The term Millennials is to name a generation close to the end of a millennium. This rather formal description shades to a certain extent the differences of their origin. Millennials in Germany compared to Millennials in the US for example (where the generation got its name being the largest generation ever experienced) are in several ways quite different. In this comment I cannot focus on their difference but I want to highlight a few numbers regarding generation of this period (i.e. born between 1980 and 2000) in Germany. Indeed for Germany the period to be studied might be different when looking at the fertility rate. It was around the year 1970 when it went down from 2.5 to 1,5 children per women with another step decline after reunification in 1990 to 1.3 and then after 1995 constant at 1.4 until today. (For comparison: Germany in 1970: 2.0; 1990: 1.45; and 2010: 1.39 as well as Poland in 1970: 2.26; 1990: 2.06; and 2010: 1.38 as well as Italy in 1970: 2.38; 1990: 1.33; and 2010: 1.41.). Looking at other social event the generational divide might like be placed around the year 1990 when a variety of changes influenced the socio-political context not only in Germany but all over Europe.
Young people’s participation in traditional politics has been in decline. Especially low voter turnout rates have been a concern for parties and scholars alike. The future and legitimacy of representative democracy will be at stake if the younger generations’ participation in the electoral process continues to remain low.
However, to say that young people do not care about politics may be a stretch. It may rather be that the Millennials’ definition of the word ‘politics’, and the ways they choose to try to influence the environment they live in, differ from the generations that came before them.
In the case of Italy, zero percent of the 15 – 17 year old respondents in the FEPS study said they were interested in politics. Of the total three-country sample only 17 % answered that they were interested.
At the same time 72% of the Millennials surveyed responded that they plan to vote in the next election. 73% said contributing to society was important to them, and 88% considered both helping others and equality in society to be important.
At the outset, these two narratives above seem to contradict. It could be that the word ‘politics’ itself has such negative connotations in the Millennials’ minds with equations to qualities such as dishonesty and untrustworthiness, that it is the lack of trust toward current politics and politicians that prompts the negative answer regarding politics. The good news therefore is, that it may be that it is not that young people are not interested in politics, but rather they do not connect with the way ‘politics as usual’ is today.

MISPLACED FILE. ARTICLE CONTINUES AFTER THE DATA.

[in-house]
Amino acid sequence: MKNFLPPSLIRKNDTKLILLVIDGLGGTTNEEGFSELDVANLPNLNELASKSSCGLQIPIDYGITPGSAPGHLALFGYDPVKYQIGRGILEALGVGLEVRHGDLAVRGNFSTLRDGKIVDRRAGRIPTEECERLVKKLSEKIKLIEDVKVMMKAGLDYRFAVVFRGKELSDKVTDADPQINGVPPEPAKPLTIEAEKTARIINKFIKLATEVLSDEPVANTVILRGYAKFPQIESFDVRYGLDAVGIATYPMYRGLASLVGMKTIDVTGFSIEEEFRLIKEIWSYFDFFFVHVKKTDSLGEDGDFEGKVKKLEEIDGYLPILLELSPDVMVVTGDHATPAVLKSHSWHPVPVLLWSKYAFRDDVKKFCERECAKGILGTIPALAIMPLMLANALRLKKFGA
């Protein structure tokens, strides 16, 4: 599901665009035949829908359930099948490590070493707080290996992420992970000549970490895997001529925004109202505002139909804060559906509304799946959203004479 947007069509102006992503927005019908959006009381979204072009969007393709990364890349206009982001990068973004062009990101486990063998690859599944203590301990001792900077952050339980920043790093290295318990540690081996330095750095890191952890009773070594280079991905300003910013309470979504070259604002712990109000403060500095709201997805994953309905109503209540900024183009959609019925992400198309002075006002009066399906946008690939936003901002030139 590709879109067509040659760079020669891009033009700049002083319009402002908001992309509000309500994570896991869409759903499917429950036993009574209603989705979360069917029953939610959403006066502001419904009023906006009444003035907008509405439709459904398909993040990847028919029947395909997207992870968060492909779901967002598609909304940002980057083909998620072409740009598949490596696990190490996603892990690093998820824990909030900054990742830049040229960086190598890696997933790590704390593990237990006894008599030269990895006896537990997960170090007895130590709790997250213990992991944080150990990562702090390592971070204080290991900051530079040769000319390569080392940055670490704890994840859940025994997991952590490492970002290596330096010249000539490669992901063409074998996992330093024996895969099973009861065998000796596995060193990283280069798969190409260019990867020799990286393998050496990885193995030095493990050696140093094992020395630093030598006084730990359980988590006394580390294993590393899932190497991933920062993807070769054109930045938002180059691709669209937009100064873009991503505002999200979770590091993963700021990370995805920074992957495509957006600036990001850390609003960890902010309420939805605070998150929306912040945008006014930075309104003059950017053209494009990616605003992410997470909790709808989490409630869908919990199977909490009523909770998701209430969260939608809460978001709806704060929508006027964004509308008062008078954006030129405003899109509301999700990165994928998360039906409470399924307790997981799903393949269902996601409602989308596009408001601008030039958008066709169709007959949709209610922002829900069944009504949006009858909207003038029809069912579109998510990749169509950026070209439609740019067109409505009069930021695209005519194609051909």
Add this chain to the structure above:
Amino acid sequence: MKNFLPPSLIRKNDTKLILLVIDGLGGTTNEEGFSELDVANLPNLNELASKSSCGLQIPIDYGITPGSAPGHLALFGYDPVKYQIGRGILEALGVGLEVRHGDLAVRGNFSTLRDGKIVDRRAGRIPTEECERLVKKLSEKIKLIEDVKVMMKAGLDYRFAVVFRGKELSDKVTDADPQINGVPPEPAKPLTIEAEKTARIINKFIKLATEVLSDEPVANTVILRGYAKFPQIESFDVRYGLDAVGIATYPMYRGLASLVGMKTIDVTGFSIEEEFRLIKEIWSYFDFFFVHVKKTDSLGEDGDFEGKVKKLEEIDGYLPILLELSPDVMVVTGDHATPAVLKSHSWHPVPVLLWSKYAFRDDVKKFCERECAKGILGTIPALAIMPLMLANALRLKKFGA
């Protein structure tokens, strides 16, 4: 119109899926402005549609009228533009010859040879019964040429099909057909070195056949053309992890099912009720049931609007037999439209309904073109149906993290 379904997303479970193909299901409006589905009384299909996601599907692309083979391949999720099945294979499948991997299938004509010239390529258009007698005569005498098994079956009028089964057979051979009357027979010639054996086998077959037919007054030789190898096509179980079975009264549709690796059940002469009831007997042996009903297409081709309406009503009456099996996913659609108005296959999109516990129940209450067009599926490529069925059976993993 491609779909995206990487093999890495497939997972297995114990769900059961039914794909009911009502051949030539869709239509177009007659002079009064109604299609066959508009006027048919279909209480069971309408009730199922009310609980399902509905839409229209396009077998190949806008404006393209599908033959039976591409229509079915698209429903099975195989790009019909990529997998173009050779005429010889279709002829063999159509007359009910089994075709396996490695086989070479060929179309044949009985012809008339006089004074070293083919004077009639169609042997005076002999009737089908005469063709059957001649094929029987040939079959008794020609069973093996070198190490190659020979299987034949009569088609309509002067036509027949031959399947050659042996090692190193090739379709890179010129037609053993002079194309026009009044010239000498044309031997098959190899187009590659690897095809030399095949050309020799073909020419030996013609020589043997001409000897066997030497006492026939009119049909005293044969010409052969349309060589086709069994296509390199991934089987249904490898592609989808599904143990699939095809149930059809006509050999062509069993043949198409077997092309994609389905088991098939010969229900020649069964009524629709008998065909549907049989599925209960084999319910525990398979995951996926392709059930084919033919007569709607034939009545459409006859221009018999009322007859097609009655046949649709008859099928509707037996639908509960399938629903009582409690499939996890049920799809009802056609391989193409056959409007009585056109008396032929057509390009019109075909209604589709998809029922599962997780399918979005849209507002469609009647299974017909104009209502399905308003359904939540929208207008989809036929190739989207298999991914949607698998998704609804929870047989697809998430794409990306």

Furthermore, more individualistic and project type approach to making a difference seems to be the case as Millennials are found to be more averse toward big institutions such as church and parties. Millennials have been found to be more issue oriented in their approach to making a difference and not so willing to “buy the whole package” of a party platform. There are instances where young people have risen up in large numbers for equal rights regardless of race or sexual orientation, or in the Occupy Movement. Barack Obama’s 2008 presidential campaign, too, got young people involved in numbers.
Regardless, lack of participation in the electoral process is a problem. Of those not planning to vote, only the sixth most popular reason given was not being interested in politics. The more popular answers had to do with lack of trust toward politicians and the limited choices currently being offered in the political system.
An issue that rises in the studies from all three countries is the Millennials’ predisposition that parties ignore the views of younger people (81% of the respondents). This has the danger of becoming a self-reinforcing mechanism of politicians and Millennials not connecting with each other when parties focus on the generations more likely to vote. Nominating candidates that Millennials connect with, and bringing forward clear issue choices that young people care about in election campaigns might encourage more Millennials to go to the polls.